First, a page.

Baby boy is nearly six weeks old so I think if I don’t get on and write his birth story now I might not get round to it at all.  I have written here about the week or so leading up to his arrival – this is what happened next.  After the weekend during which I became increasingly certain that the birth was imminent, I went to bed reasonably early on the Sunday but had an entirely sleepless night.  I was having mild contractions on and off, and then at five to six in the morning I had one which was unmistakably the real thing.  As my last labour had lasted under six hours, I thought that this one might be similar but it wasn’t at all.  The build up was very slow and though I was having quite a lot of contractions, they weren’t at all regular.  Paul took the children to his mum’s house, and then we went out to buy a car seat.  (First baby: spend weeks deliberating and researching options, then about an hour in the shop comparing models and fabrics before making a decision.  Fifth baby:  look in shed, discover a mouse has eaten the old one, drive to shop, make a dramatic entrance – “I’m in labour and I need a car seat right now!” – buy the brand you know is good in the colour they happen to have in stock and drive away ten minutes later.)  After that we spent most of the day doing housework to pass the time so by the end of it the house looked tidier than it has done for a while!  My friend Sarah came and kept me company too, and made some inroads into my enormous ironing pile.  As soon as I knew I was pregnant, I had asked her to be my birth partner because she always makes me feel calm in any situation and I knew if she was there I’d be okay whatever happened.  There’s lots of research to show that having a female birth partner improves outcomes, as summarised in this article from the Evidence Based Birth website.  It’s about having a doula, which can be a good option for many people, though I’d say that if you have a friend willing to stay with you that is even better.  The key thing seems to be the continuous support of someone who will not leave your side throughout your labour.

“Overall, women who received continuous support were more likely to have spontaneous vaginal births and less likely to have any pain medication, epidurals, negative feelings about childbirth, vacuum or forceps-assisted births, and C-sections. In addition, their labors were shorter by about 40 minutes and their babies were less likely to have low Apgar scores at birth.”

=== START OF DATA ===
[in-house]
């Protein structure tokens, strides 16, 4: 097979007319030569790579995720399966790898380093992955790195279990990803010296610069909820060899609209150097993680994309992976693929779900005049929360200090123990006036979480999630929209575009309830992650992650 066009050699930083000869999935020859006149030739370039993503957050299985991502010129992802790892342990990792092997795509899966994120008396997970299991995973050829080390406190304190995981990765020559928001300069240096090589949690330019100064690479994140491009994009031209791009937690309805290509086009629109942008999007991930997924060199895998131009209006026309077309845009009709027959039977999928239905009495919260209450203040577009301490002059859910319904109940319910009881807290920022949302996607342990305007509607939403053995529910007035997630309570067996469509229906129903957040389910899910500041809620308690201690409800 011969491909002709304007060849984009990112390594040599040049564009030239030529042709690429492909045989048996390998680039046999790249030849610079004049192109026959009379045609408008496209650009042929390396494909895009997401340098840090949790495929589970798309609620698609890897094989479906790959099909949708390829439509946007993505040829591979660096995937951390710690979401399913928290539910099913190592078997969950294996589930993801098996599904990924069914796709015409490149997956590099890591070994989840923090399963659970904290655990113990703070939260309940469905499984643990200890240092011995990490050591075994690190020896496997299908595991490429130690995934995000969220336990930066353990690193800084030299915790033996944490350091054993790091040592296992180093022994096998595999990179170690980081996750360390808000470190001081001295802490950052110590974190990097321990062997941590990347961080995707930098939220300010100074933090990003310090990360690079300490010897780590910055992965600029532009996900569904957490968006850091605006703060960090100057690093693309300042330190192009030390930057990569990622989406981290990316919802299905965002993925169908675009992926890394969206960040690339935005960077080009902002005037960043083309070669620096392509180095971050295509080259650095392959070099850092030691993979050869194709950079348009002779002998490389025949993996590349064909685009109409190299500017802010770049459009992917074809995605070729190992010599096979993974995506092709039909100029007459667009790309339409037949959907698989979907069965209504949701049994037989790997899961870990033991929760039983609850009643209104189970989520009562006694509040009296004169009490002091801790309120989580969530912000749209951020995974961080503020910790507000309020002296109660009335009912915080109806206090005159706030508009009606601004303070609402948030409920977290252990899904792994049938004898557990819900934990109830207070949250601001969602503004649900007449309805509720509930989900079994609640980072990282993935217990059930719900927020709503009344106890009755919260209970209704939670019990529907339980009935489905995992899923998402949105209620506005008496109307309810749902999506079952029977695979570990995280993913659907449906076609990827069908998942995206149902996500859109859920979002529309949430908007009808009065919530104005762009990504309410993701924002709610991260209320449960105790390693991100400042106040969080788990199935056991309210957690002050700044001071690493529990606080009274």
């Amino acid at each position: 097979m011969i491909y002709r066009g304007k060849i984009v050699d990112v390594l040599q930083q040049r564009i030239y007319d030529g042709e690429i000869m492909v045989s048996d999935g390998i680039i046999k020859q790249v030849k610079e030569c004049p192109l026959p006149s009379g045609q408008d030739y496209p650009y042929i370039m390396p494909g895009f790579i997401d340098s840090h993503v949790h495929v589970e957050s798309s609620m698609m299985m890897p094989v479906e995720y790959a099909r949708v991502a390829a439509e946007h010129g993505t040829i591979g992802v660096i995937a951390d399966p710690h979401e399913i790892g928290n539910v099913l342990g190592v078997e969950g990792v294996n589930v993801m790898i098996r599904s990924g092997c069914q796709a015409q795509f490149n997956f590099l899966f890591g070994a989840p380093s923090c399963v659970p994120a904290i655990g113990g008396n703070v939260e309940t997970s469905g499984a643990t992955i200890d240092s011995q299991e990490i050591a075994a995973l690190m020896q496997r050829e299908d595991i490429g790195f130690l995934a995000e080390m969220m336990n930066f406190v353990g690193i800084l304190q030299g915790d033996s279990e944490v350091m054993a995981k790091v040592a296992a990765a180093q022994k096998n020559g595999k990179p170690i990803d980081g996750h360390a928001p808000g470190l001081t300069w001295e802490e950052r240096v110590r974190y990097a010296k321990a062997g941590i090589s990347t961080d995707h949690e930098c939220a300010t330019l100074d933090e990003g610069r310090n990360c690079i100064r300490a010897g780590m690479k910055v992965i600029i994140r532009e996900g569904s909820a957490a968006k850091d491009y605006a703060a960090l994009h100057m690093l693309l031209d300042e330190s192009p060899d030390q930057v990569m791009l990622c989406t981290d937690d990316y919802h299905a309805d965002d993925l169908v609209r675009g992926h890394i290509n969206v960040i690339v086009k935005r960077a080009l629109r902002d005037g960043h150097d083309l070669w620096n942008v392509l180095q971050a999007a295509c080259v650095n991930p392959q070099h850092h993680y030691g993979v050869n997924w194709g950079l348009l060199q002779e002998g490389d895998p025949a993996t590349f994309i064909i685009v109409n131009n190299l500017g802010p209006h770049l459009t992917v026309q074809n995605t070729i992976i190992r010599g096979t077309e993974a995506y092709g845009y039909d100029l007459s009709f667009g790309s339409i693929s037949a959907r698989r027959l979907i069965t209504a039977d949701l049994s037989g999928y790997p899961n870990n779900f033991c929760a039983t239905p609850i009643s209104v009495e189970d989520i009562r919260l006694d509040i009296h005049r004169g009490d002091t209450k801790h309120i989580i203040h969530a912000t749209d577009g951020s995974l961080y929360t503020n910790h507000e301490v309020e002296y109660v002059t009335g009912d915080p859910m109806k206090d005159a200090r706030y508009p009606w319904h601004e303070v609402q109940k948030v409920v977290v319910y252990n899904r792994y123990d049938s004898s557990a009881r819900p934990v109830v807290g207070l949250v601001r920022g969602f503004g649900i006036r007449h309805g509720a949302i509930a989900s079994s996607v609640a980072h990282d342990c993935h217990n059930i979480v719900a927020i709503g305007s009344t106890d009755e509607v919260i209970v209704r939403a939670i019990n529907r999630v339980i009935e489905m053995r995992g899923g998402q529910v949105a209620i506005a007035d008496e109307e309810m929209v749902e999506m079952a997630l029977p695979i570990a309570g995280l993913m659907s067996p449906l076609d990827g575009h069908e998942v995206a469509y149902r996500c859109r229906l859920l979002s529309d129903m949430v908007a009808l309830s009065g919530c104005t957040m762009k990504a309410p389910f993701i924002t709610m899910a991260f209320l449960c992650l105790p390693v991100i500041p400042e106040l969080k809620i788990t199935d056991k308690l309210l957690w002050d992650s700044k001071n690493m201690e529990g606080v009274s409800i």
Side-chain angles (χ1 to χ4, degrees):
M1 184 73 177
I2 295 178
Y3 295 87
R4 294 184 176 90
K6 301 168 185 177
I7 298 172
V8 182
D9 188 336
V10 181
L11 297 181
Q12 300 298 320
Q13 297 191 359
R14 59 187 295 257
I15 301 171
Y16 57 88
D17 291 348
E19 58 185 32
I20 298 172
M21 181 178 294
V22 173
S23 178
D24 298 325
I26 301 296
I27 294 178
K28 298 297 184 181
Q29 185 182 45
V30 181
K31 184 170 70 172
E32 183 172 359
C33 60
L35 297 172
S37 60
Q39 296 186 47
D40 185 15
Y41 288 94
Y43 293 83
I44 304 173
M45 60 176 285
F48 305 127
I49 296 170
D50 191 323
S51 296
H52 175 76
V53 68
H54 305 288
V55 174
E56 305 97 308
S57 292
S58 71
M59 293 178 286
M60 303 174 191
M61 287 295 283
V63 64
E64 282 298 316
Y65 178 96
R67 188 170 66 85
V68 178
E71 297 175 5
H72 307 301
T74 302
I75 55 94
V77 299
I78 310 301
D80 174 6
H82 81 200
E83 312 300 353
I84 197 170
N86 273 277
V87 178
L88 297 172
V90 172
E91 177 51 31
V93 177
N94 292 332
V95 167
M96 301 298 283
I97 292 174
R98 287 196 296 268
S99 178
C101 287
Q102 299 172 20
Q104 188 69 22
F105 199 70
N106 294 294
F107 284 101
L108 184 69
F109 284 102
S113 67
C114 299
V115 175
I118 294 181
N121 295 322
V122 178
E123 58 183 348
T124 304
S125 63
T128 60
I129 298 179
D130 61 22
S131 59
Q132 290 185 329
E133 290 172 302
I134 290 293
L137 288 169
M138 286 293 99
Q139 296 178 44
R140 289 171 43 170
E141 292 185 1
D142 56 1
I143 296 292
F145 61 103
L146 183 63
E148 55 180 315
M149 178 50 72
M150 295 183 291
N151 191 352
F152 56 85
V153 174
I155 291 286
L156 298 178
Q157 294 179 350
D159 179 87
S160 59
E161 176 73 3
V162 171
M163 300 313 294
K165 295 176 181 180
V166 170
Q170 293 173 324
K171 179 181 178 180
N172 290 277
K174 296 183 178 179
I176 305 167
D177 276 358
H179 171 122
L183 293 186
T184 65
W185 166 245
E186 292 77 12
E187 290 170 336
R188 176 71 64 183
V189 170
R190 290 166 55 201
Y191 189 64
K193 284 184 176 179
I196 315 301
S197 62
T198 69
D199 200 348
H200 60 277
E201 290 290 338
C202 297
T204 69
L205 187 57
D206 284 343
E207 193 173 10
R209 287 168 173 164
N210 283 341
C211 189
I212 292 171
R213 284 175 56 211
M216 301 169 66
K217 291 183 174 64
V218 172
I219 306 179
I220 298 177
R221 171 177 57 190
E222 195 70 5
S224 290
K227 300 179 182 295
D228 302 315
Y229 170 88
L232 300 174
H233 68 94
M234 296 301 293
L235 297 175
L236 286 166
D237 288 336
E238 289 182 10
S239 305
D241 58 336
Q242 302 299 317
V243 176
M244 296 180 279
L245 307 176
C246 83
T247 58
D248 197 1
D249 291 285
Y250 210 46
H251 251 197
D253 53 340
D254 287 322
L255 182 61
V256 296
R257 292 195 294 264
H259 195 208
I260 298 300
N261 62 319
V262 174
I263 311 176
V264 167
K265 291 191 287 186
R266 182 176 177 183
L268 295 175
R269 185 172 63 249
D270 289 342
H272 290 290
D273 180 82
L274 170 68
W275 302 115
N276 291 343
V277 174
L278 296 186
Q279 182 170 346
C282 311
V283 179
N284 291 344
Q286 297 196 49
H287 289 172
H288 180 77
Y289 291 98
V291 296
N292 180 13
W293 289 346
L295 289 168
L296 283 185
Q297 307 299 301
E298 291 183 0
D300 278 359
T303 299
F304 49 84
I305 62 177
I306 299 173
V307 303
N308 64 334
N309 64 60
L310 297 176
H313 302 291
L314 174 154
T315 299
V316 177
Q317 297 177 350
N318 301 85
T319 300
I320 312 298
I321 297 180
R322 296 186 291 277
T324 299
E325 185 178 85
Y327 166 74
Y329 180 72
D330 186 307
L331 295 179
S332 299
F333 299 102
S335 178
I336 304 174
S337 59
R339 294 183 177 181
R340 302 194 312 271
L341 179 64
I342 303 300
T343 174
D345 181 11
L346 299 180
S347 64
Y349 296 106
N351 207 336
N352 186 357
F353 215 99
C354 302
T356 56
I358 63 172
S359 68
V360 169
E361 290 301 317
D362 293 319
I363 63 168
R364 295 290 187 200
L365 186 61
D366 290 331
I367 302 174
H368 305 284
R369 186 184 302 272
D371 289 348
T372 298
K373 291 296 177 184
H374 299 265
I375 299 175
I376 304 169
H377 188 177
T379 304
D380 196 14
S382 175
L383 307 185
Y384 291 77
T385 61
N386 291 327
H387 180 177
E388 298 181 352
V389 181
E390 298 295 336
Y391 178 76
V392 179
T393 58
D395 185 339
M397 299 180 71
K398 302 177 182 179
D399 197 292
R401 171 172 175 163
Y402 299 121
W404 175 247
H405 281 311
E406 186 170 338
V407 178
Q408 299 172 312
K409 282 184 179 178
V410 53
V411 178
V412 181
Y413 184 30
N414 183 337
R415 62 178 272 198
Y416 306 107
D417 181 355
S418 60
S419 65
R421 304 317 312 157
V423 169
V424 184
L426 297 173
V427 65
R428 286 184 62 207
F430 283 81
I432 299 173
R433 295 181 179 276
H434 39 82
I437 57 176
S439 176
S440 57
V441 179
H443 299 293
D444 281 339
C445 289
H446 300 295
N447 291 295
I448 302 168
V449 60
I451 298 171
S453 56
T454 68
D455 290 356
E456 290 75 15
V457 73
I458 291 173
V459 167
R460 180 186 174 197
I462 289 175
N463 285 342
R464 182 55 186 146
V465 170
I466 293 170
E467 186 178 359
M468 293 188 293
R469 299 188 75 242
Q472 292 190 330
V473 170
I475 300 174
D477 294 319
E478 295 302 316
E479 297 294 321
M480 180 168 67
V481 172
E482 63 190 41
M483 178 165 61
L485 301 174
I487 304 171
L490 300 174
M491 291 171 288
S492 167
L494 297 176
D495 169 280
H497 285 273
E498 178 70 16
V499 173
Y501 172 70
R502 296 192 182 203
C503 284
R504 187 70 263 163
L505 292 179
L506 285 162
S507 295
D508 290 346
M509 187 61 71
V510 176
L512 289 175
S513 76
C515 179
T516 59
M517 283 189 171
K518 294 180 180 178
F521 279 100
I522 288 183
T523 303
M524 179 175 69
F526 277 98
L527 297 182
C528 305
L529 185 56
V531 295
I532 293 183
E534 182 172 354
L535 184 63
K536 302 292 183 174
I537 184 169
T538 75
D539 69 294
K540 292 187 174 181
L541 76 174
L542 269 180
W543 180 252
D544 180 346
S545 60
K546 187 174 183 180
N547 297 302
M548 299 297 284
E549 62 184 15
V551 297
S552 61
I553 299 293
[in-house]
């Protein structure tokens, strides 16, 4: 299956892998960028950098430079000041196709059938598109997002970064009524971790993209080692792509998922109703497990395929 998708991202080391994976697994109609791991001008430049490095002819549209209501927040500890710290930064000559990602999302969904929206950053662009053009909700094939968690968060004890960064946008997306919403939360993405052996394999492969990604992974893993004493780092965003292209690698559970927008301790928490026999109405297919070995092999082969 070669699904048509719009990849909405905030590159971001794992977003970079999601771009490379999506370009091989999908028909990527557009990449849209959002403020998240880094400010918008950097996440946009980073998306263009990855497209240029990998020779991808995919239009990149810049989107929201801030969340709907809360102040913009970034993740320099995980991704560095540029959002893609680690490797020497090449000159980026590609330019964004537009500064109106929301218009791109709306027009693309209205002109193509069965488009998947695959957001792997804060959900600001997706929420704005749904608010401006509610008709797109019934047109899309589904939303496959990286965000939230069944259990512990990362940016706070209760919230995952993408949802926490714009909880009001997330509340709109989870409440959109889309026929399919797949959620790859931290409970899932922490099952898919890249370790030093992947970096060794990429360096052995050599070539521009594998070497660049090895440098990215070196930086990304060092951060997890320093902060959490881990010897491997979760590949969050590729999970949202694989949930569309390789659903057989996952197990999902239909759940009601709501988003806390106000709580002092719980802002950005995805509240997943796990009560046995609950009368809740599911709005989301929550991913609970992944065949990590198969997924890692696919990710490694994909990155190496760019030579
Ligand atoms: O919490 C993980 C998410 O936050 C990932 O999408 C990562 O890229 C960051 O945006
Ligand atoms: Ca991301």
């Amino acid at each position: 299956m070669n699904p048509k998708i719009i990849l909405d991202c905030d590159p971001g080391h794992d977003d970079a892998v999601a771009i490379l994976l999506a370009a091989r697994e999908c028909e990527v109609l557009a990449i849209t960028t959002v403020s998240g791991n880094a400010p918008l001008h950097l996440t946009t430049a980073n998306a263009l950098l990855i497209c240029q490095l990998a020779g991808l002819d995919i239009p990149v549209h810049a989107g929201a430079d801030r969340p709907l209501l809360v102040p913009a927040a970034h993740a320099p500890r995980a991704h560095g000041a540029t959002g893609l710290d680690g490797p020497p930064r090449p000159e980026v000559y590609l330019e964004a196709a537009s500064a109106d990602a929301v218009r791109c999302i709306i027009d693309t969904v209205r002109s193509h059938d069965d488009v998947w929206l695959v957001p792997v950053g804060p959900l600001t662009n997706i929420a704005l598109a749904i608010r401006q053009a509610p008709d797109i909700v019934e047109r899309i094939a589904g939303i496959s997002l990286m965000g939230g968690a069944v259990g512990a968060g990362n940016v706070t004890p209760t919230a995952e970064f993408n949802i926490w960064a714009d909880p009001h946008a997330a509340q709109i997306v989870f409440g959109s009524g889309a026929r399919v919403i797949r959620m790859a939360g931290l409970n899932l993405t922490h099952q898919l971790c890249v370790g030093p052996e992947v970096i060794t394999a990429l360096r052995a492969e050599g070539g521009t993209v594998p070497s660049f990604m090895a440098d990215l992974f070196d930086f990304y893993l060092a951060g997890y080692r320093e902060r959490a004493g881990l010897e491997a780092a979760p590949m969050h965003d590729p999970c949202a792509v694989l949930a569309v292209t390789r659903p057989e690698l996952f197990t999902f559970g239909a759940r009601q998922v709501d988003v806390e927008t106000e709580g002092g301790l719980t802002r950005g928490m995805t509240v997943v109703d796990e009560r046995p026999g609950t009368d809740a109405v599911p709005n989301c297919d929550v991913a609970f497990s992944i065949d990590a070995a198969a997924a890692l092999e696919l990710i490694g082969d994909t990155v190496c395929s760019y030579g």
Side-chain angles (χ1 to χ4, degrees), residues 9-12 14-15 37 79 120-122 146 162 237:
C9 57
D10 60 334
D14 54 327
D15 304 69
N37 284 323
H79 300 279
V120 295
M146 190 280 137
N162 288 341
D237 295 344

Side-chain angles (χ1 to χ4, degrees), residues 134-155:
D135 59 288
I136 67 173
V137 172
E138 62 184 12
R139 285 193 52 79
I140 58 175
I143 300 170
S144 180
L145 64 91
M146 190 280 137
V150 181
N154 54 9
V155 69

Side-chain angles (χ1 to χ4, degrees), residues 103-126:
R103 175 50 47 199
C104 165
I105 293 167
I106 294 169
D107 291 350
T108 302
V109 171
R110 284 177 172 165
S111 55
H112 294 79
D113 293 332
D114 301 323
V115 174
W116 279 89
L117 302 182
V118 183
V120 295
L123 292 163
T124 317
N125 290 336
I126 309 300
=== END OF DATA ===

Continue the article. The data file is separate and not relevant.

But I digress!  Back to the story…

Towards the end of the day, as the contractions were not any more regular, Sarah went home and Paul and I had a curry which I hoped might help to speed things up.  At about 9pm I decided I might as well go to bed and see if I could sleep.  I didn’t have high hopes, but in fact I managed about four hours.  After that I was up for a while, then went back to bed and got about another hour of light sleep in the early morning.  So when I got up on Tuesday I felt a lot better than I had throughout Monday, and a lot more ready to get on with the business of having a baby!

I spent some time making arrangements for the children to be looked after as Paul’s mum couldn’t have them for a second night, and Sarah came round again once her children were in school.  Throughout the morning, the contractions became more intense and frequent, though still not regular and around the middle of the day we rang the labour ward.  I was fairly sure it was too early to go in and stay but I wanted some reassurance that baby was okay after more than 24 hours of labour.  So we went in, but as expected we were able to return home after a short period of monitoring because baby was fine.